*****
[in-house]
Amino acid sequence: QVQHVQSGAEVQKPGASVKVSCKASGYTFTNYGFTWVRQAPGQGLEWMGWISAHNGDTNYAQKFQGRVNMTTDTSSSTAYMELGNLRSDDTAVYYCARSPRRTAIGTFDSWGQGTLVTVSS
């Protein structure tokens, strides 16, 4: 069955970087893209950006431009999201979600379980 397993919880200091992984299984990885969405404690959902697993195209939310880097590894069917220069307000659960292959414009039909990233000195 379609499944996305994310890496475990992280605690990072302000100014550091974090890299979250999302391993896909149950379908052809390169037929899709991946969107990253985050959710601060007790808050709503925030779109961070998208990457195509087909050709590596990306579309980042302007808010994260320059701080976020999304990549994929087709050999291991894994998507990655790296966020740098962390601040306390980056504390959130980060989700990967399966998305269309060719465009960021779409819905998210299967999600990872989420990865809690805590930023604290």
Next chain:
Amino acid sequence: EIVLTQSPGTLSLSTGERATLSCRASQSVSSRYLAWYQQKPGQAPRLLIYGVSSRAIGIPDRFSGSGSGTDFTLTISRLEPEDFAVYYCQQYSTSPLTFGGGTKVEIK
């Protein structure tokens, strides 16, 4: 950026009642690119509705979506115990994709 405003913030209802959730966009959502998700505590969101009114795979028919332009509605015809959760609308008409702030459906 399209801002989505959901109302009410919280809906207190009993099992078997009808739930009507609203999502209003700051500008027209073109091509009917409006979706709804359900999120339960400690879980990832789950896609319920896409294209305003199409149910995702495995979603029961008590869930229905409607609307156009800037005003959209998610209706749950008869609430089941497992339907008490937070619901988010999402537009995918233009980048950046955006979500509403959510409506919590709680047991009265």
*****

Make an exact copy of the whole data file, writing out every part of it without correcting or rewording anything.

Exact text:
[in-house]
Amino acid sequence: QVQHVQSGAEVQKPGASVKVSCKASGYTFTNYGFTWVRQAPGQGLEWMGWISAHNGDTNYAQKFQGRVNMTTDTSSSTAYMELGNLRSDDTAVYYCARSPRRTAIGTFDSWGQGTLVTVSS
């Protein structure tokens, strides 16, 4: 069955970087893209950006431009999201979600379980 397993919880200091992984299984990885969405404690959902697993195209939310880097590894069917220069307000659960292959414009039909990233000195 379609499944996305994310890496475990992280605690990072302000100014550091974090890299979250999302391993896909149950379908052809390169037929899709991946969107990253985050959710601060007790808050709503925030779109961070998208990457195509087909050709590596990306579309980042302007808010994260320059701080976020999304990549994929087709050999291991894994998507990655790296966020740098962390601040306390980056504390959130980060989700990967399966998305269309060719465009960021779409819905998210299967999600990872989420990865809690805590930023604290």
Next chain:
Amino acid sequence: EIVLTQSPGTLSLSTGERATLSCRASQSVSSRYLAWYQQKPGQAPRLLIYGVSSRAIGIPDRFSGSGSGTDFTLTISRLEPEDFAVYYCQQYSTSPLTFGGGTKVEIK
């Protein structure tokens, strides 16, 4: 950026009642690119509705979506115990994709 405003913030209802959730966009959502998700505590969101009114795979028919332009509605015809959760609308008409702030459906 399209801002989505959901109302009410919280809906207190009993099992078997009808739930009507609203999502209003700051500008027209073109091509009917409006979706709804359900999120339960400690879980990832789950896609319920896409294209305003199409149910995702495995979603029961008590869930229905409607609307156009800037005003959209998610209706749950008869609430089941497992339907008490937070619901988010999402537009995918233009980048950046955006979500509403959510409506919590709680047991009265």